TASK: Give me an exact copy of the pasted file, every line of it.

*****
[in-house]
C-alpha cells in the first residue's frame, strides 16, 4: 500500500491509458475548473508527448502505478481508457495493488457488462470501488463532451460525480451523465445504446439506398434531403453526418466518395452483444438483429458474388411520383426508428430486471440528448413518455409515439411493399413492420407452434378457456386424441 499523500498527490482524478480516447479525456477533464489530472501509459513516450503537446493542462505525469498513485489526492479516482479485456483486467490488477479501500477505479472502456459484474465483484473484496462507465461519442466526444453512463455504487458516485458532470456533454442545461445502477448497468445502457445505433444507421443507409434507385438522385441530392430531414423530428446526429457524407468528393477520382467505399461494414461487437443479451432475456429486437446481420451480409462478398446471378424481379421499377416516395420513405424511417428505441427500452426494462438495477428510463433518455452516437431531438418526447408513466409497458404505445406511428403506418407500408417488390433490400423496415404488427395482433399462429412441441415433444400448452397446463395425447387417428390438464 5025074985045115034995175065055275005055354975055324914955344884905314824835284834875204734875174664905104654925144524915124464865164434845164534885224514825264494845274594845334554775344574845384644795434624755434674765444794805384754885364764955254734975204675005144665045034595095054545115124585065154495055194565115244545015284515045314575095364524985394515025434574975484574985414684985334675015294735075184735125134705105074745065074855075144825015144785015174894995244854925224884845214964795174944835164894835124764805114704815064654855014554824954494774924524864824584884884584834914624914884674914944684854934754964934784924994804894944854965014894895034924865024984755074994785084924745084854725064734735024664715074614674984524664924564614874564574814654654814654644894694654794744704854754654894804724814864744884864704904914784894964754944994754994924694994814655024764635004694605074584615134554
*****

[in-house]
C-alpha cells in the first residue's frame, strides 16, 4: 500500500491509458475548473508527448502505478481508457495493488457488462470501488463532451460525480451523465445504446439506398434531403453526418466518395452483444438483429458474388411520383426508428430486471440528448413518455409515439411493399413492420407452434378457456386424441 499523500498527490482524478480516447479525456477533464489530472501509459513516450503537446493542462505525469498513485489526492479516482479485456483486467490488477479501500477505479472502456459484474465483484473484496462507465461519442466526444453512463455504487458516485458532470456533454442545461445502477448497468445502457445505433444507421443507409434507385438522385441530392430531414423530428446526429457524407468528393477520382467505399461494414461487437443479451432475456429486437446481420451480409462478398446471378424481379421499377416516395420513405424511417428505441427500452426494462438495477428510463433518455452516437431531438418526447408513466409497458404505445406511428403506418407500408417488390433490400423496415404488427395482433399462429412441441415433444400448452397446463395425447387417428390438464 5025074985045115034995175065055275005055354975055324914955344884905314824835284834875204734875174664905104654925144524915124464865164434845164534885224514825264494845274594845334554775344574845384644795434624755434674765444794805384754885364764955254734975204675005144665045034595095054545115124585065154495055194565115244545015284515045314575095364524985394515025434574975484574985414684985334675015294735075184735125134705105074745065074855075144825015144785015174894995244854925224884845214964795174944835164894835124764805114704815064654855014554824954494774924524864824584884884584834914624914884674914944684854934754964934784924994804894944854965014894895034924865024984755074994785084924745084854725064734735024664715074614674984524664924564614874564574814654654814654644894694654794744704854754654894804724814864744884864704904914784894964754944994754994924694994814655024764635004694605074584615134554